Over 30 vehicle break-ins at Mud Island apartment complex in a matter of hours
MEMPHIS, Tenn. (WMC) - Windows smashed, and cars were ransacked.
Many Memphians are falling victim to a city-wide crime wave targeting their vehicles.
Thefts from vehicles also saw a massive increase in the first half of this year.
One local apartment complex had dozens of vehicles hit in a matter of hours earlier this week.
Neighbors at the Riverset Apartments on Mud Island tell Action News 5 this isn’t the first, second, or third time they’ve been hit by thieves breaking into cars.
“It seemed like a war zone going on,” said resident Jesse Perez. “There’s glass everywhere. Like all over the street, there was glass.”
Jesse Perez has lived at the complex for about a year and says break-ins have happened monthly.
Monday morning, someone smashed the windows on more than 30 vehicles and rifled through them.
“I’m getting a new car can we have this actual weekend and I am very nervous about it because it’s going to be a decent car, and I just don’t want to have my window broken for no reason.”
The Memphis-Shelby Crime Commission says major property crimes like burglaries, motor vehicle thefts, and felony thefts increased in the first half of 2022.
There were over 3,600 motor vehicle thefts countywide in the first half of the year. It’s an increased theft rate of over 39% in Memphis and 36% in the county overall.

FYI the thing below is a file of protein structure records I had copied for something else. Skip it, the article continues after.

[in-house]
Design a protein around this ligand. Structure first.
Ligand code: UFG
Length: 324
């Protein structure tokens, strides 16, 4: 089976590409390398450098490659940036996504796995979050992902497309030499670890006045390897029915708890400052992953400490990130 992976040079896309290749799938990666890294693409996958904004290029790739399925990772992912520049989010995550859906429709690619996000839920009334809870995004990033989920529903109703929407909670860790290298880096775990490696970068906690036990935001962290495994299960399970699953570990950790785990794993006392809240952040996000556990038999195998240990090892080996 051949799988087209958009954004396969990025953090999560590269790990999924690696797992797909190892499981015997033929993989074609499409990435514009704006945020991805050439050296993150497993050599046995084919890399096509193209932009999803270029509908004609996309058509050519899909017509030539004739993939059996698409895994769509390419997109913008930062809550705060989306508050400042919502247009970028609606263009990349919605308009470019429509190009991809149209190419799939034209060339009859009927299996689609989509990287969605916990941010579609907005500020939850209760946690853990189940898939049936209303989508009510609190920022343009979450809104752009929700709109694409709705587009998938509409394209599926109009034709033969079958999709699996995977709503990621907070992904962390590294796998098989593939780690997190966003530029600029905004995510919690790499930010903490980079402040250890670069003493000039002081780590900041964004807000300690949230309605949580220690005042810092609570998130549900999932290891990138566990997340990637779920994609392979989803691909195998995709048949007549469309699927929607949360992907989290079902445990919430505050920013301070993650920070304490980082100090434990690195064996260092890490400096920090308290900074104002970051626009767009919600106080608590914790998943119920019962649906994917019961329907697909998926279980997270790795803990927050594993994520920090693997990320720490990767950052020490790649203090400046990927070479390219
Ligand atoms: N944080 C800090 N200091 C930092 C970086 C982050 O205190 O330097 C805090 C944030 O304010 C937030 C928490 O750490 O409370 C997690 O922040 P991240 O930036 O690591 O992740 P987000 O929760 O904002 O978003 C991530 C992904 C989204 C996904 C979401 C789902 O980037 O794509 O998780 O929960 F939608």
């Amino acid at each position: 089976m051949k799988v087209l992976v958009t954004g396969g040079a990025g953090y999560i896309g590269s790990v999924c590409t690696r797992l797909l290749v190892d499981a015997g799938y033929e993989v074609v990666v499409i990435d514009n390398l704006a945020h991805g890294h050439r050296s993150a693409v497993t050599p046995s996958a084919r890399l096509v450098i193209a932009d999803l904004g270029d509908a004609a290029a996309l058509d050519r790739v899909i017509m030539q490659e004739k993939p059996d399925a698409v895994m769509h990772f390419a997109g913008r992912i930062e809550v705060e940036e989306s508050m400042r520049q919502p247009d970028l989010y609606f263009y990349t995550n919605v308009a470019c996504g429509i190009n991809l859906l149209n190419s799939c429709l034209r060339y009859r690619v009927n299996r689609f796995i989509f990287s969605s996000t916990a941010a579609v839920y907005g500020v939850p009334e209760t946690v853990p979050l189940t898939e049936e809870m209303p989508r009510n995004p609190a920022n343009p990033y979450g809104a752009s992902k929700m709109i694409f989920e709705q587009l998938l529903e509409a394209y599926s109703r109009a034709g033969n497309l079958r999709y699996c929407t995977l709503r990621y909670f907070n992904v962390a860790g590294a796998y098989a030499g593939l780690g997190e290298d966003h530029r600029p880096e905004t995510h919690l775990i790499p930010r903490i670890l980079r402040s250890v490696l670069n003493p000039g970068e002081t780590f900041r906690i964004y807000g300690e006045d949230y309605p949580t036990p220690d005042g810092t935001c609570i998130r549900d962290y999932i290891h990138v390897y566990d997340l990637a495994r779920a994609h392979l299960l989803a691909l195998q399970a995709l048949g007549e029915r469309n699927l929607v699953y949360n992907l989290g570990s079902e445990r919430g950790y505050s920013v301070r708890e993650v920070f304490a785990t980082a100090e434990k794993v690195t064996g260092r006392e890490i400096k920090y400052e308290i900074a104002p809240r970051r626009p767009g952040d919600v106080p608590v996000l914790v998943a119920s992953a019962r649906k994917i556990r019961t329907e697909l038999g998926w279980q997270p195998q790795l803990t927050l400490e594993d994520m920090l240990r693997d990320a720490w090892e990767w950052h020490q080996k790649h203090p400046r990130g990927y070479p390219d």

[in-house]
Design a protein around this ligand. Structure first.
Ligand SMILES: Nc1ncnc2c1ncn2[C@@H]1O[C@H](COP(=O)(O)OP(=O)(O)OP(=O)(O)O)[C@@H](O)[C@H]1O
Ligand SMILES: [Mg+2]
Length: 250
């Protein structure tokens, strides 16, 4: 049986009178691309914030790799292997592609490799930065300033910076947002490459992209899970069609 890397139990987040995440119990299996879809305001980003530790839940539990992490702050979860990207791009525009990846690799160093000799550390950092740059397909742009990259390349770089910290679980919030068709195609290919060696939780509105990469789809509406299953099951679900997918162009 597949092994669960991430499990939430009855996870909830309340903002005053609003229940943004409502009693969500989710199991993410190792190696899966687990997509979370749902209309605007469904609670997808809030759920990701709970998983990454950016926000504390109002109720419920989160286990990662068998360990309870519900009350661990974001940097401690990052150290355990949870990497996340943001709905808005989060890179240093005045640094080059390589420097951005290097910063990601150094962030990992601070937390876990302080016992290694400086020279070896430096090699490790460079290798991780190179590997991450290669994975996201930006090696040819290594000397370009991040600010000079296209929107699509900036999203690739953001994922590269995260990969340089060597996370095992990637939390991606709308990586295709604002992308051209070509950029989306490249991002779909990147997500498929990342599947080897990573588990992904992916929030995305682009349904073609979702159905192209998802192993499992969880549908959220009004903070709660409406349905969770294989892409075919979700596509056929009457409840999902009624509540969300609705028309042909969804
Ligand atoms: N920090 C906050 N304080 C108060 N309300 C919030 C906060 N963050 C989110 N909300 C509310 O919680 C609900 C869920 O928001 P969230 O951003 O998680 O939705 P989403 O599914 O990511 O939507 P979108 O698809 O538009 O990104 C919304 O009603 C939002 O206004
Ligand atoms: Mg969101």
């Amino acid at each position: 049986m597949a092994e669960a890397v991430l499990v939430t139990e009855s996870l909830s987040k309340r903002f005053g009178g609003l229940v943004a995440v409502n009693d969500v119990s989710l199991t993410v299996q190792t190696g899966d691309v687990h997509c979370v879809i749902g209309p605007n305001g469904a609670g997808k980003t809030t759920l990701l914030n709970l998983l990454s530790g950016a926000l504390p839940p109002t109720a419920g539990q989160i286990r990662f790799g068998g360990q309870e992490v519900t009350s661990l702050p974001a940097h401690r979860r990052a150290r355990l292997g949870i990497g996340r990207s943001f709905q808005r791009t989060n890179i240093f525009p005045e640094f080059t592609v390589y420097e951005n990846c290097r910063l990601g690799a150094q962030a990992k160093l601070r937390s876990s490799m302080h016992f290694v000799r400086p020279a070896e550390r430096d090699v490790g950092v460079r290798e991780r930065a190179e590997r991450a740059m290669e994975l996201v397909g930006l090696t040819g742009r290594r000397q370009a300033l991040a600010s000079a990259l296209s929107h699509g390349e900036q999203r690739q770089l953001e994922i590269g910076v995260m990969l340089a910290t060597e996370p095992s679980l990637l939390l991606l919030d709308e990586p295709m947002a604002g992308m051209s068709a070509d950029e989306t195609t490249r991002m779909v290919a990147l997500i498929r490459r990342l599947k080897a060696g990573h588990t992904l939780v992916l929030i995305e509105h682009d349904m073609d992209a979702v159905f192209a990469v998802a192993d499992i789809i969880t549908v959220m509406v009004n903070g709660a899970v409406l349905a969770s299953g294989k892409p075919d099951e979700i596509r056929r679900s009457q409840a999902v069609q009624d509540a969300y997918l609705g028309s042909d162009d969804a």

The Commission also says much of felony and motor vehicle thefts appear to be driven by the search for guns in vehicles.
Site Security Supervisor Donald Williams with JW Security and Investigations does weekend patrols at a downtown Memphis apartment complex and other businesses.
“It’s like a plague has hit the city,” said JW Security & Investigations Site Security Supervisor Donald Williams. “There’s constantly things are going on that’s bad, but there is a light at the end of the tunnel.”
Williams says phones have been ringing off the hook in the last three weeks for their services.
Besides locking your car, taking valuables with you, and being vigilant, Williams says it’s important to have some kind of presence wherever you live or work.
Williams says when they first started patrols at the downtown apartment complex,
“Why is this happening? We’re not being vigilant, and we’re not watching, and we had to make sure the cameras, people, and the residents are all in it together just like a neighborhood watch team.”
Perez says he hopes to see more security where he lives.
“I’d like to see a gate,” said Perez. “I’d like to see cameras. I’d like to see security be heightened.
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